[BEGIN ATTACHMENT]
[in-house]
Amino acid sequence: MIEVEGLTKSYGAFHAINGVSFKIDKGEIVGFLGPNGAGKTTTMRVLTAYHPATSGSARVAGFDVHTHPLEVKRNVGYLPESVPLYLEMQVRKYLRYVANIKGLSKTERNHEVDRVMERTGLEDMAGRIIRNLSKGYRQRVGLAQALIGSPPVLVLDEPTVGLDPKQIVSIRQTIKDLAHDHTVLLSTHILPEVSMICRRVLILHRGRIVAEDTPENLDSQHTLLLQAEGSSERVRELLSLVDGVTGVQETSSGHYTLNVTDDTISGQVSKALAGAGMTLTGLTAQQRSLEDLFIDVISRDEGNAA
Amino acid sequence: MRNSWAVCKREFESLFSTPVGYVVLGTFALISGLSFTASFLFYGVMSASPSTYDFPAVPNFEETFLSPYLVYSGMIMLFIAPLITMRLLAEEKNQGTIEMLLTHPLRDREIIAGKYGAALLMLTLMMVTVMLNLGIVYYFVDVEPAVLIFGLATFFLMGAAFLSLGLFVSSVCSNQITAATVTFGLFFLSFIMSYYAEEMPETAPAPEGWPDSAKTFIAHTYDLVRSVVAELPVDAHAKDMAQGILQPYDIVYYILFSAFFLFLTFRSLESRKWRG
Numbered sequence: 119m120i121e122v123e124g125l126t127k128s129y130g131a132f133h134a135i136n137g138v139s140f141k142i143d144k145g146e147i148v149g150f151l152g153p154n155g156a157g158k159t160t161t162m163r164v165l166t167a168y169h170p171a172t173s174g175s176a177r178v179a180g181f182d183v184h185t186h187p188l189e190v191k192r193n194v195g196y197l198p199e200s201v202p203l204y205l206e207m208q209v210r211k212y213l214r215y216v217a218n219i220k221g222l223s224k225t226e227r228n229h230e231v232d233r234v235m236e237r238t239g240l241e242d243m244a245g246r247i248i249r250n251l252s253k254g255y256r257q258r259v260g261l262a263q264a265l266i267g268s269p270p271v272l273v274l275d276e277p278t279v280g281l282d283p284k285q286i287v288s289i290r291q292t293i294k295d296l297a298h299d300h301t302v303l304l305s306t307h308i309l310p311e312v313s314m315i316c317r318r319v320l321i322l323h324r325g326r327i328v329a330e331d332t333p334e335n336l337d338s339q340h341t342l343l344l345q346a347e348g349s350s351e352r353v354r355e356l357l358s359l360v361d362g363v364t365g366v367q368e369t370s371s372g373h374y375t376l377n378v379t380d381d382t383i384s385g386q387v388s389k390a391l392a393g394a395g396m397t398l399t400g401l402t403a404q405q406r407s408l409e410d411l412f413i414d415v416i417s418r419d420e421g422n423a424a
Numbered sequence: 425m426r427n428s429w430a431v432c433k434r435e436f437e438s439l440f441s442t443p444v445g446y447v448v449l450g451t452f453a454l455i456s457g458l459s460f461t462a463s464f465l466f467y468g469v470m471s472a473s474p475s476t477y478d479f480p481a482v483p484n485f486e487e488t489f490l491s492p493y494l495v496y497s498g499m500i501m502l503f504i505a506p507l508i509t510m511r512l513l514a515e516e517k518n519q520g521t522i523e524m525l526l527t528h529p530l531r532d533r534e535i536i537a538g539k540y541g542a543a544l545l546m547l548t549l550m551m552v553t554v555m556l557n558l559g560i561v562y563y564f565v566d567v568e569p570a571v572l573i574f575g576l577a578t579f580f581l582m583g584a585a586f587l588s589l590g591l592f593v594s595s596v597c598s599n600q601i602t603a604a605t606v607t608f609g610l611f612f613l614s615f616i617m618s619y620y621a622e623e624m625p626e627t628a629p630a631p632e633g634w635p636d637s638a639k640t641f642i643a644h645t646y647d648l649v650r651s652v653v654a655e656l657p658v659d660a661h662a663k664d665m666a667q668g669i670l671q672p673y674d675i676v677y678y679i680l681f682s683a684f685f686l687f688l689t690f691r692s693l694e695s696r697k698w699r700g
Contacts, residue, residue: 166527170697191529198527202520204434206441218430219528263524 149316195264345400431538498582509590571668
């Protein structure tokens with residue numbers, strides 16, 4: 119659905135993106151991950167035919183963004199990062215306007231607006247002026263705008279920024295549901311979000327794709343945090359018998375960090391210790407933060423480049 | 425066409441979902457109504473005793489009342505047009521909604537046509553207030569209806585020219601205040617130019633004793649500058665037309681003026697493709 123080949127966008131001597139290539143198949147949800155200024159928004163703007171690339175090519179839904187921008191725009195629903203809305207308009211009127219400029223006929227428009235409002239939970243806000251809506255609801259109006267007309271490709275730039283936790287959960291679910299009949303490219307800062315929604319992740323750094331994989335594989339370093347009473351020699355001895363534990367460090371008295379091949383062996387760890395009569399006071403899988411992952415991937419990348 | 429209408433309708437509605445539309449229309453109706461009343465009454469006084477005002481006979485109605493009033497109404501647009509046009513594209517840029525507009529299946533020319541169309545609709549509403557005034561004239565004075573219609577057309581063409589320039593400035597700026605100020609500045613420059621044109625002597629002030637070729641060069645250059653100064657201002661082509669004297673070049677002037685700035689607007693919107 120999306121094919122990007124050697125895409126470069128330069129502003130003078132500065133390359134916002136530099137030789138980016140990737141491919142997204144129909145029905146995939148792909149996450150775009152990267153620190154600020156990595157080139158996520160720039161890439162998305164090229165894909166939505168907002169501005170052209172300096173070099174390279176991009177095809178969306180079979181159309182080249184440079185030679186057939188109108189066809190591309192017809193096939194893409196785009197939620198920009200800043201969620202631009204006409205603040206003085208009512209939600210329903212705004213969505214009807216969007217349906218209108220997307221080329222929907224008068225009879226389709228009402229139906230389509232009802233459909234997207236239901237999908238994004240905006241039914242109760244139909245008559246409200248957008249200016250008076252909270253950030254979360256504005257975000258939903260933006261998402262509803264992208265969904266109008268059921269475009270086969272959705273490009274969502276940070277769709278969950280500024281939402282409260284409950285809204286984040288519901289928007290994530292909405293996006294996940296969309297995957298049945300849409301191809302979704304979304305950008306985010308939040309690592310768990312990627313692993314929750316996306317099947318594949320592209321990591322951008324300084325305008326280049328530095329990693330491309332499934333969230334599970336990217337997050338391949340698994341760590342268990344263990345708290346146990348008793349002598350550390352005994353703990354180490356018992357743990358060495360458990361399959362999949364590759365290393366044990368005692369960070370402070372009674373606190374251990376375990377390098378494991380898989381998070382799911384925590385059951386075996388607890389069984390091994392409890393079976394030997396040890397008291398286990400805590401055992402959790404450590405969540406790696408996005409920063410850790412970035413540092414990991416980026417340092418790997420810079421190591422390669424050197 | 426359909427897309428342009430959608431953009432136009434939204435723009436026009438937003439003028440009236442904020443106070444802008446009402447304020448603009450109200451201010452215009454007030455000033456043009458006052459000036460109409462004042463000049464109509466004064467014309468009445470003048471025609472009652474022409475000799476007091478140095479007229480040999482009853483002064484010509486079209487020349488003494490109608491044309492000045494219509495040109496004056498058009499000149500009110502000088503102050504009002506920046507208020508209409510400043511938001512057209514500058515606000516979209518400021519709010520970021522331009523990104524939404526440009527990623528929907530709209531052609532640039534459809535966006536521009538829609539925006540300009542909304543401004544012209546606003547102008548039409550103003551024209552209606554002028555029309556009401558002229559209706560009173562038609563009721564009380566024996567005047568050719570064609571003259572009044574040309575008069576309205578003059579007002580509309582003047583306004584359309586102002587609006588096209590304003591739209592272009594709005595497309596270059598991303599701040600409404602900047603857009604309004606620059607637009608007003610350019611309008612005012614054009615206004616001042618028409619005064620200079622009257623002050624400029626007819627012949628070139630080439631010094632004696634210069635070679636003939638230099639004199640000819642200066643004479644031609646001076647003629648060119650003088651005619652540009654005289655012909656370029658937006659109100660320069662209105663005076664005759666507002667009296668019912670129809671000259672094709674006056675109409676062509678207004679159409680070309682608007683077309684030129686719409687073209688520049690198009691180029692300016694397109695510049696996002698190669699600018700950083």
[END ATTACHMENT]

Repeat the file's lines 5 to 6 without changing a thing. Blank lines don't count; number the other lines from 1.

Numbered sequence: 425m426r427n428s429w430a431v432c433k434r435e436f437e438s439l440f441s442t443p444v445g446y447v448v449l450g451t452f453a454l455i456s457g458l459s460f461t462a463s464f465l466f467y468g469v470m471s472a473s474p475s476t477y478d479f480p481a482v483p484n485f486e487e488t489f490l491s492p493y494l495v496y497s498g499m500i501m502l503f504i505a506p507l508i509t510m511r512l513l514a515e516e517k518n519q520g521t522i523e524m525l526l527t528h529p530l531r532d533r534e535i536i537a538g539k540y541g542a543a544l545l546m547l548t549l550m551m552v553t554v555m556l557n558l559g560i561v562y563y564f565v566d567v568e569p570a571v572l573i574f575g576l577a578t579f580f581l582m583g584a585a586f587l588s589l590g591l592f593v594s595s596v597c598s599n600q601i602t603a604a605t606v607t608f609g610l611f612f613l614s615f616i617m618s619y620y621a622e623e624m625p626e627t628a629p630a631p632e633g634w635p636d637s638a639k640t641f642i643a644h645t646y647d648l649v650r651s652v653v654a655e656l657p658v659d660a661h662a663k664d665m666a667q668g669i670l671q672p673y674d675i676v677y678y679i680l681f682s683a684f685f686l687f688l689t690f691r692s693l694e695s696r697k698w699r700g
Contacts, residue, residue: 166527170697191529198527202520204434206441218430219528263524 149316195264345400431538498582509590571668